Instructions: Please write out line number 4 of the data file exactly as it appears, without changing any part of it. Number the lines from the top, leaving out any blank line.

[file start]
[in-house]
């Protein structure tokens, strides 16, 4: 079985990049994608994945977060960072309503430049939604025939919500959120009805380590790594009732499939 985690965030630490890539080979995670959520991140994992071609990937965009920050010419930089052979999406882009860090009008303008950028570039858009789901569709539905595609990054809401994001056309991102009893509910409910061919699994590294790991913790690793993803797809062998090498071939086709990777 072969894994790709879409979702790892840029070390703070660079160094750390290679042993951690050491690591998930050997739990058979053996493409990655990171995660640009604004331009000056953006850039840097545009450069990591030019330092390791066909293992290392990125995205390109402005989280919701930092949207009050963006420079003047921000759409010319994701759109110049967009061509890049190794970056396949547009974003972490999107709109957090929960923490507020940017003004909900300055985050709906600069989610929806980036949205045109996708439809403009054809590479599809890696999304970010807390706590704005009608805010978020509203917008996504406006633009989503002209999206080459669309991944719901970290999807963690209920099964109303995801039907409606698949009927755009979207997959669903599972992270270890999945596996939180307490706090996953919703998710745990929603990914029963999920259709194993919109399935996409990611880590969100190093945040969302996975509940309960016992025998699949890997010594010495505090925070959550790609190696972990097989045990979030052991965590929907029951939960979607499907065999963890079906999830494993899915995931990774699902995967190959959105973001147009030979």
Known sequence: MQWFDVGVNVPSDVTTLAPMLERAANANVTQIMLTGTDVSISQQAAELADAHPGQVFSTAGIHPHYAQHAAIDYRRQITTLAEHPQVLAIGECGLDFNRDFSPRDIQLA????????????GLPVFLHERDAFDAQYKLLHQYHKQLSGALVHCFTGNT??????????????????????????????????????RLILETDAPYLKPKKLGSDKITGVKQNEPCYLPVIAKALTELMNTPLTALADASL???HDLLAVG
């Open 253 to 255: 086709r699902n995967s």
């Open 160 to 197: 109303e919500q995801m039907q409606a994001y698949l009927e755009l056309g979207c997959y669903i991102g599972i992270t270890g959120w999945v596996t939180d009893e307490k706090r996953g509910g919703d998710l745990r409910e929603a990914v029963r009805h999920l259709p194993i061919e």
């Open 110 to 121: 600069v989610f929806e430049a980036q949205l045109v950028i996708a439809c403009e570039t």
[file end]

């Open 253 to 255: 086709r699902n995967s």